That’s a good point and I think there are two sides to the coin. When you’re streaming, you’re probably chilling. So, you don’t mind hearing a message through the music and you can appreciate the lyrics a lot more. Also, producers in this generation are more susceptible to using vocal artists in their tracks. 

Definitely. How did you get back into the scene then?

I took that break and it was in 2016 that I decided to come back. I looked for producers that I was rating and the labels that we were working on and ended up getting into contact with Mr Joseph. He used to run his own label nights and booked me as an MC back then, so I already knew that he rated me. He makes liquid, and for me, that’s the style of drum and bass that still has that soulful feel and allows you to really convey a message on it. He gave me a beat, I dropped the lyrics, and the tune just ended up sounding awesome. 

Was this Her Name Is? I really love the personification of drum and bass in it. 

Exactly that. It’s about how I fell in love with drum and bass, how it’s a street art form, and the gentrification of the genre as well. For me, the track is also about the representation of drum and bass now, which is something that I feel is an elephant in the room that we can’t get away from. Jungle started off as a really inclusive art form, but now, you look at the crowd at drum and bass raves and you hardly see any black youth in the rave anymore. 

You’re right man, black and Asian representation in drum and bass generally is a serious issue. 

I was speaking to a teenager recently that I was mentoring and I told him about what I do in music. He said, “you do drum and bass yeah, that’s white boy music isn’t it?”

I get why he thought that, but it’s crazy that’s his perception of the genre. 

Of course! 

It’s a hard conversation for people to have. What I found unique about the situation is the fact that when I go to raves, at least from my point of view, everyone I meet seems nice, accepting, and inclusive. Why do you think the representation has shifted so much?

I’ll give you my opinion. At the start of the genre, there was a lot of sampling that took from what was predominantly black music. When hip-hop and reggae samples were being combined with breakbeats, that caught the ear of the black community. They fell into jungle, so you had the most inclusive culture in London at the time! When the music became noisier, less soulful, and essentially less black, a lot of the black women that got into jungle went over to the garage. It had more of a bassline, groove, and soulful feel to it. I think that now, we’ve lost a generation of black people because of the way they perceive the sound of the genre.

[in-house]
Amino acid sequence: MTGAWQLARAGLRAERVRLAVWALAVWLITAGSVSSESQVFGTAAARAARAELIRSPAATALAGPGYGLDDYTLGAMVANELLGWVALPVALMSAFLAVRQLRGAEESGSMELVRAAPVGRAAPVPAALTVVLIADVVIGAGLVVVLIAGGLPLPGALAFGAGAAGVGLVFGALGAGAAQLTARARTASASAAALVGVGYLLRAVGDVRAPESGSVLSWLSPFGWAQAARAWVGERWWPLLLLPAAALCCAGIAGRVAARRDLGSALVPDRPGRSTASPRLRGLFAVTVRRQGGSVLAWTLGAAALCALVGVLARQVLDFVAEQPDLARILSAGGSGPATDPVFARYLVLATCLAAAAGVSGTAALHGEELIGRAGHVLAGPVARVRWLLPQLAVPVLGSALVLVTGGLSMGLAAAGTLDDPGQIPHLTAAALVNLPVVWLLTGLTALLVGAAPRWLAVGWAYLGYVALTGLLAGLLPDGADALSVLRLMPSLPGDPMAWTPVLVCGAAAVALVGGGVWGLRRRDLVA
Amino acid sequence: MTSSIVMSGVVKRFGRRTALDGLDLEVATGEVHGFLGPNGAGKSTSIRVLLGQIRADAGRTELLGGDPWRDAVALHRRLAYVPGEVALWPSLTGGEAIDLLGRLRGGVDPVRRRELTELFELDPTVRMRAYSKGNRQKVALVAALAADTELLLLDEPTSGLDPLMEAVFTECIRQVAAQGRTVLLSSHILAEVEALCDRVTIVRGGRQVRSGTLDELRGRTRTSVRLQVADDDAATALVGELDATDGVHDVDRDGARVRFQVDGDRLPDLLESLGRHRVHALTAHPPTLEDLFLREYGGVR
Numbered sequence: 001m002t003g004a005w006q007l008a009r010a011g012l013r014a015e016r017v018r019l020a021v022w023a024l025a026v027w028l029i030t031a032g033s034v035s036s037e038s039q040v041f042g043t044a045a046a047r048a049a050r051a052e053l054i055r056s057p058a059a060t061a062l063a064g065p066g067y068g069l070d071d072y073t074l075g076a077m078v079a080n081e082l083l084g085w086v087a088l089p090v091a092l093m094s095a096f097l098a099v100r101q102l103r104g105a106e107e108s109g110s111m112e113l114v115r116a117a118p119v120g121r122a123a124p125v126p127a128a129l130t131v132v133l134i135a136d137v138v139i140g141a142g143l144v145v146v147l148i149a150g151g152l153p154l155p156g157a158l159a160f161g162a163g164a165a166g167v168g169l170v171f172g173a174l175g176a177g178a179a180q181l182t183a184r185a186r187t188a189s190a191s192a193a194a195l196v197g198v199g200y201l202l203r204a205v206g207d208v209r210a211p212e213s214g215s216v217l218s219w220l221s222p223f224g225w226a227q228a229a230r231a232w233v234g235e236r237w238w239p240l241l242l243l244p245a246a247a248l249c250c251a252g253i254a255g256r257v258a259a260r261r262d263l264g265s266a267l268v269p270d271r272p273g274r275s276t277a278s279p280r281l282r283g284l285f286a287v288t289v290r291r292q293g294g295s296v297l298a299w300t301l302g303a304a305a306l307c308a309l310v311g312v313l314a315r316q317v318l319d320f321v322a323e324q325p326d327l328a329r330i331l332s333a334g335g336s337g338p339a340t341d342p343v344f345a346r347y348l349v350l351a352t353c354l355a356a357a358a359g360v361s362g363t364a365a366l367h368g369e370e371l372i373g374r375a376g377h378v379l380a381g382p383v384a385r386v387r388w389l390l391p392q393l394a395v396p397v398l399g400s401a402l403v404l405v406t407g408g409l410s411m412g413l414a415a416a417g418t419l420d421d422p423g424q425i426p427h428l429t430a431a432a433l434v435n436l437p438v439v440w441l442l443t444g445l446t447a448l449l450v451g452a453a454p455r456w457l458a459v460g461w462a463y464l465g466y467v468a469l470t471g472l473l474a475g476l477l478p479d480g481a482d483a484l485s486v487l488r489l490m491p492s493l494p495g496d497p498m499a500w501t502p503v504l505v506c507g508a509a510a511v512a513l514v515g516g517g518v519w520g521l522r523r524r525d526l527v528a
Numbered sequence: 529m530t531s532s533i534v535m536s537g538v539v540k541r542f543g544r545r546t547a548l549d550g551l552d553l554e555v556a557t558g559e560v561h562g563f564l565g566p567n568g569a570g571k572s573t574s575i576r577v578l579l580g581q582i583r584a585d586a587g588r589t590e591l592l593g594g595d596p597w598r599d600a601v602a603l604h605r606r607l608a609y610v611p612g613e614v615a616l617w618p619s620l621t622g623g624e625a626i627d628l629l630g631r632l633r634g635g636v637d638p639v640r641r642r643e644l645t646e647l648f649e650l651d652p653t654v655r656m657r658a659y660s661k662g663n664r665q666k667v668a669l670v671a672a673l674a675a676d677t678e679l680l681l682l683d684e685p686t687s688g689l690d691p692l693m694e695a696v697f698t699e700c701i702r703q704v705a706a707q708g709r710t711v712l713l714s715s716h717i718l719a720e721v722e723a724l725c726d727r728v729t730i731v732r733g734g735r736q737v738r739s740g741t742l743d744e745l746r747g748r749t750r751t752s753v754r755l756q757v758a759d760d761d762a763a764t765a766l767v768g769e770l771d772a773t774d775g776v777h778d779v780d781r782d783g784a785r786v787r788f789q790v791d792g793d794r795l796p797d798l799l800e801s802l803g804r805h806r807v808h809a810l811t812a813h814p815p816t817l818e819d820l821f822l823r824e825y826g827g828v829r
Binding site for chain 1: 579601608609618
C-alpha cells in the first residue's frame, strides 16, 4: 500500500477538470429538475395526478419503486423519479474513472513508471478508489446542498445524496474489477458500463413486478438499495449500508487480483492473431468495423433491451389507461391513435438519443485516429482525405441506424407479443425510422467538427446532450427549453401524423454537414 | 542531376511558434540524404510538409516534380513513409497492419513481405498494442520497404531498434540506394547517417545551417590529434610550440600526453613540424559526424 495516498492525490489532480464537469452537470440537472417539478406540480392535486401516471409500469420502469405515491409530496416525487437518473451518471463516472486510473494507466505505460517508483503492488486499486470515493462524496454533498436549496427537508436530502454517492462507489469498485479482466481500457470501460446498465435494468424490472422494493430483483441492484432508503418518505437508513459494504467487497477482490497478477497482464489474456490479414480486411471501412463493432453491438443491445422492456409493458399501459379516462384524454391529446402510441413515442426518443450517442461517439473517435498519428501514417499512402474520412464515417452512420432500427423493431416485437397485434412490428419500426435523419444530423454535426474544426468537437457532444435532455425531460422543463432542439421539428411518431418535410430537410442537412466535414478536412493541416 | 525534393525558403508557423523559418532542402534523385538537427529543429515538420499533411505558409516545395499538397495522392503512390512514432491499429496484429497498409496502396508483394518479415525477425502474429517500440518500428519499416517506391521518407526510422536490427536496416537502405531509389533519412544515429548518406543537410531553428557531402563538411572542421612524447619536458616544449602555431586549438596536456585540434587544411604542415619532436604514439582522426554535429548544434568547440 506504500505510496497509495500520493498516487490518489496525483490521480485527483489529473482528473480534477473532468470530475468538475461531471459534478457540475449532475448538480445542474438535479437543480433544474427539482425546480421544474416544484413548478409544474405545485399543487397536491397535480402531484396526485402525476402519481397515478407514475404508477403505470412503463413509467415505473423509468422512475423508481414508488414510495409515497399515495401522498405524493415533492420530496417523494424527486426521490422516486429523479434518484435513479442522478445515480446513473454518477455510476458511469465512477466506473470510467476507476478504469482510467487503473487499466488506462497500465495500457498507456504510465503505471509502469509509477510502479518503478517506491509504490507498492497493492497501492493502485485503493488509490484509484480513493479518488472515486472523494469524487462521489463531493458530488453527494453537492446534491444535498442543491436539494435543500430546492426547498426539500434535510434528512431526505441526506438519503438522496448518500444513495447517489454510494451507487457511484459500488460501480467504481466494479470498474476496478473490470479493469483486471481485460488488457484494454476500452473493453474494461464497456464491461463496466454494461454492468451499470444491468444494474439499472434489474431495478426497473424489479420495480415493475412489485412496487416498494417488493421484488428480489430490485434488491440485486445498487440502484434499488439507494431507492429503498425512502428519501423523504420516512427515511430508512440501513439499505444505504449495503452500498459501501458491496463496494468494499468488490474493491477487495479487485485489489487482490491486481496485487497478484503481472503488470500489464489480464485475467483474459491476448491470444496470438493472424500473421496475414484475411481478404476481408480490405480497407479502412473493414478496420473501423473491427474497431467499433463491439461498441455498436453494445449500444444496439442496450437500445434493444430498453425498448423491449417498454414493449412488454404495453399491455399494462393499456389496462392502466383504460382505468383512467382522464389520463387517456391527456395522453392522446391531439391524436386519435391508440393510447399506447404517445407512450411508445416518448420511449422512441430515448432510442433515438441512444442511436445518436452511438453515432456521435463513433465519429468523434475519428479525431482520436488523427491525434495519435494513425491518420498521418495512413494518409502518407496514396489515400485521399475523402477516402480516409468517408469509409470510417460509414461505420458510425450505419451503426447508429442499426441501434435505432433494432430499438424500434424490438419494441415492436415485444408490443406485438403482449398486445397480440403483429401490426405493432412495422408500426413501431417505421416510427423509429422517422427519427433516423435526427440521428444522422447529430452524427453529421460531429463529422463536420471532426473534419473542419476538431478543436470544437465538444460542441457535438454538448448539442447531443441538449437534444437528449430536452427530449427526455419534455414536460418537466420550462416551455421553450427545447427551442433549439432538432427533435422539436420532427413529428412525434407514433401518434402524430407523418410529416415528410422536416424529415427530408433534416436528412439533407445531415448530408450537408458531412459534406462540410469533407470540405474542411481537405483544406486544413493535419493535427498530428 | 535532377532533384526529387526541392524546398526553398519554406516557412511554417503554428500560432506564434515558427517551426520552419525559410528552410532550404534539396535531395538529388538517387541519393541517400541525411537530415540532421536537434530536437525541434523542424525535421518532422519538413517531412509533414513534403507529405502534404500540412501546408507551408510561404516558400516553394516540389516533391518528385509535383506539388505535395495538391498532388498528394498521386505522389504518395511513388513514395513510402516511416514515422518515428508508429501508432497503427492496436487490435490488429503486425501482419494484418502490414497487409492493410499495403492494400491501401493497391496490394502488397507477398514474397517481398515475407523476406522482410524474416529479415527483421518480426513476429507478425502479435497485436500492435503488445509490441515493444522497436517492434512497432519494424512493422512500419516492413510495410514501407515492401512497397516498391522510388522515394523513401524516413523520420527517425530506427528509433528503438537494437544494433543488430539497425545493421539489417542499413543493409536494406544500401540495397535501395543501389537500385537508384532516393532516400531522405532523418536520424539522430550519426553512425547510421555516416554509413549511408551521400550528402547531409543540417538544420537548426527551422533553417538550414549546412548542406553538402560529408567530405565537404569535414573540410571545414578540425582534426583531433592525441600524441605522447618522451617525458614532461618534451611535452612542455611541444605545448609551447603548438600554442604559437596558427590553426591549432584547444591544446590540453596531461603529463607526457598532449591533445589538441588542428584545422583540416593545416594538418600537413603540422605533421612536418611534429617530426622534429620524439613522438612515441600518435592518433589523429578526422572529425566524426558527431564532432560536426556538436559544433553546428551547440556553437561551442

Do you think it’ll change?

I hope so, that would be great for everyone. For me now, I’m trying to make my music as soulful as I can by drawing on the influences that brought me into drum and bass in the first place. 

After listening through to your back catalogue, I think that’s how your sound comes across. That’s great timing because Sherona is joining now and my next question is for the two of you. Hey Sherona! My first question for you is how did you and Illmatika meet?

Sherona: I met Tola in college and we knew the same producer, Jason Air (DJ Linx, aka Dfrnt-Lvls), so we made a few tracks together. Then, about two or three years ago, he randomly messaged me asking to work on a drum and bass tune together. Next thing you know we’re working on a music video for it as well. 

Had you sung on much drum and bass before this?

Sherona: I had sung on jungle back around 1997 when Jason had asked me to feature on a track with Stevie Hyper D. That was my first ever jungle tune. 

Illmatika: When Sherona had worked on tracks with me before, she always sang her part exactly as I wanted it to be sung and put her own sprinkle on it to make it even better as well. 

You two obviously have a lot of chemistry together when it comes to your music as well. You can get that just from listening. 

Illmatika: Definitely, I was always going to get Sherona involved. She’s got it. For me as well, I also saw an angle. I didn’t think there were many black female singers on the drum and bass circuit. I was hoping after one track, there would be more work in the genre for her and that’s exactly what happened. 

Sherona: I was more in an R&B and neo-soul world before Illmatika had brought me back in. When I started doing my drum and bass homework, I started to really like what I was hearing on V Recordings. As Illmatika had put it, it’s like neo-soul on speed haha. It was faster but it’s still soulful with elements of hip-hop as well. I could really vibe with it. 

You two are working together now through a live drum and bass band as well! I’d love to hear more about that. 

Sherona: Tola came to me with the idea of a drum and bass soul train where artists and musicians come onboard. I helped him develop the idea and now our first event, where we test out the drum and bass element live for the first time, is at Lost Horizon Arts Centre for the Planet V Live show. 

Illmatika: The band will represent our flavour as musicians, with a focus on delivering music with vibes and a real focus on the message that we’re delivering as artists. As well as that, I can’t forget about our new track Oshun, produced by Maverick Soul, which is out now on Liquid V…

Illmatika, Sherona Knight & Maverick Soul – Oshun is out now on Liquid V

Follow Illmatika: Facebook / Soundcloud / Instagram

Follow Sherona Knight: Facebook / Soundcloud / Instagram

Upcoming Illmatika Shows:

27th November 2021 – Dance Concept – Bristol

28th November 2021 – Jungle Fever

2nd December 2021 – Paul T/Edward Oberon Album Launch

3rd December 2021 – Hybrid Beats – Brighton

10th December 2021 – Planet V Live – Lost Horizons – Bristol

18th December 2021 – Bass Factory – Huntingdon

19th December 2021 – Jungle Splash, The Cause